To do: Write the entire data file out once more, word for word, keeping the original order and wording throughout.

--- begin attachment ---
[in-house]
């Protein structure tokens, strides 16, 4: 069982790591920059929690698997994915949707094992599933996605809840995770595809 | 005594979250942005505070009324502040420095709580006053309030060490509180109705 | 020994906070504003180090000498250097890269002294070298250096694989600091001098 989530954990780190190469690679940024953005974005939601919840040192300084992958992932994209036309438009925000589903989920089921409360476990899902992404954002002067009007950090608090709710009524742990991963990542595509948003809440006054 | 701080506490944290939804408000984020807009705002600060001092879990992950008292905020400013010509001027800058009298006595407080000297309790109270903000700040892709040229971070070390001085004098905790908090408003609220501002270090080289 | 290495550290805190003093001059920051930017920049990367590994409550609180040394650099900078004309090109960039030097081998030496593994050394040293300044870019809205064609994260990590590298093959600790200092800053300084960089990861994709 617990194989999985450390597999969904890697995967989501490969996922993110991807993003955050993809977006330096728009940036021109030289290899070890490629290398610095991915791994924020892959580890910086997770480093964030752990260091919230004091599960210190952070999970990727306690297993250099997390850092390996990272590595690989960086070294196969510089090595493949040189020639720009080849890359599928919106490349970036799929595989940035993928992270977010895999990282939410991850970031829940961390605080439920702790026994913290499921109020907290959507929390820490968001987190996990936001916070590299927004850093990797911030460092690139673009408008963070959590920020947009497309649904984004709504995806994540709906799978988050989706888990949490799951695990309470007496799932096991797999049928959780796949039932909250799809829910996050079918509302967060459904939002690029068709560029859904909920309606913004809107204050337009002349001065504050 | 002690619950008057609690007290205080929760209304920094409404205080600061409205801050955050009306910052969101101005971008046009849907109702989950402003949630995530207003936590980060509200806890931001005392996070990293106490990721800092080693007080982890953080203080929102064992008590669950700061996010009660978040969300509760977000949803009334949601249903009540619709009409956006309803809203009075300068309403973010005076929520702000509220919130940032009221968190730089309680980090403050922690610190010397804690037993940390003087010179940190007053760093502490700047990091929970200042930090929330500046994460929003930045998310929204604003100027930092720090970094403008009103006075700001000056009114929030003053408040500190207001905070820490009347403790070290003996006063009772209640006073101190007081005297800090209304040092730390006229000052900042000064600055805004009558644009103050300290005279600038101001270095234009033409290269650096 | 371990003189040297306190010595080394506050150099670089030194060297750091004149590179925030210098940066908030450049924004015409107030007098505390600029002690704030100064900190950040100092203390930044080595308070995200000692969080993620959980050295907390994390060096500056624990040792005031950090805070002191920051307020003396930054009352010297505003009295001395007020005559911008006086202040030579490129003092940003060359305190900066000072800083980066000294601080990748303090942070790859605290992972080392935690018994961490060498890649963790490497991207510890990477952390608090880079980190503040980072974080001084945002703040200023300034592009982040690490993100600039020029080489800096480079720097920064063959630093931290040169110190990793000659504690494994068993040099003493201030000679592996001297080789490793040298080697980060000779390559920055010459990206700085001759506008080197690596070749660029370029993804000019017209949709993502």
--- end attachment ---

[in-house]
């Protein structure tokens, strides 16, 4: 069982790591920059929690698997994915949707094992599933996605809840995770595809 | 005594979250942005505070009324502040420095709580006053309030060490509180109705 | 020994906070504003180090000498250097890269002294070298250096694989600091001098 989530954990780190190469690679940024953005974005939601919840040192300084992958992932994209036309438009925000589903989920089921409360476990899902992404954002002067009007950090608090709710009524742990991963990542595509948003809440006054 | 701080506490944290939804408000984020807009705002600060001092879990992950008292905020400013010509001027800058009298006595407080000297309790109270903000700040892709040229971070070390001085004098905790908090408003609220501002270090080289 | 290495550290805190003093001059920051930017920049990367590994409550609180040394650099900078004309090109960039030097081998030496593994050394040293300044870019809205064609994260990590590298093959600790200092800053300084960089990861994709 617990194989999985450390597999969904890697995967989501490969996922993110991807993003955050993809977006330096728009940036021109030289290899070890490629290398610095991915791994924020892959580890910086997770480093964030752990260091919230004091599960210190952070999970990727306690297993250099997390850092390996990272590595690989960086070294196969510089090595493949040189020639720009080849890359599928919106490349970036799929595989940035993928992270977010895999990282939410991850970031829940961390605080439920702790026994913290499921109020907290959507929390820490968001987190996990936001916070590299927004850093990797911030460092690139673009408008963070959590920020947009497309649904984004709504995806994540709906799978988050989706888990949490799951695990309470007496799932096991797999049928959780796949039932909250799809829910996050079918509302967060459904939002690029068709560029859904909920309606913004809107204050337009002349001065504050 | 002690619950008057609690007290205080929760209304920094409404205080600061409205801050955050009306910052969101101005971008046009849907109702989950402003949630995530207003936590980060509200806890931001005392996070990293106490990721800092080693007080982890953080203080929102064992008590669950700061996010009660978040969300509760977000949803009334949601249903009540619709009409956006309803809203009075300068309403973010005076929520702000509220919130940032009221968190730089309680980090403050922690610190010397804690037993940390003087010179940190007053760093502490700047990091929970200042930090929330500046994460929003930045998310929204604003100027930092720090970094403008009103006075700001000056009114929030003053408040500190207001905070820490009347403790070290003996006063009772209640006073101190007081005297800090209304040092730390006229000052900042000064600055805004009558644009103050300290005279600038101001270095234009033409290269650096 | 371990003189040297306190010595080394506050150099670089030194060297750091004149590179925030210098940066908030450049924004015409107030007098505390600029002690704030100064900190950040100092203390930044080595308070995200000692969080993620959980050295907390994390060096500056624990040792005031950090805070002191920051307020003396930054009352010297505003009295001395007020005559911008006086202040030579490129003092940003060359305190900066000072800083980066000294601080990748303090942070790859605290992972080392935690018994961490060498890649963790490497991207510890990477952390608090880079980190503040980072974080001084945002703040200023300034592009982040690490993100600039020029080489800096480079720097920064063959630093931290040169110190990793000659504690494994068993040099003493201030000679592996001297080789490793040298080697980060000779390559920055010459990206700085001759506008080197690596070749660029370029993804000019017209949709993502």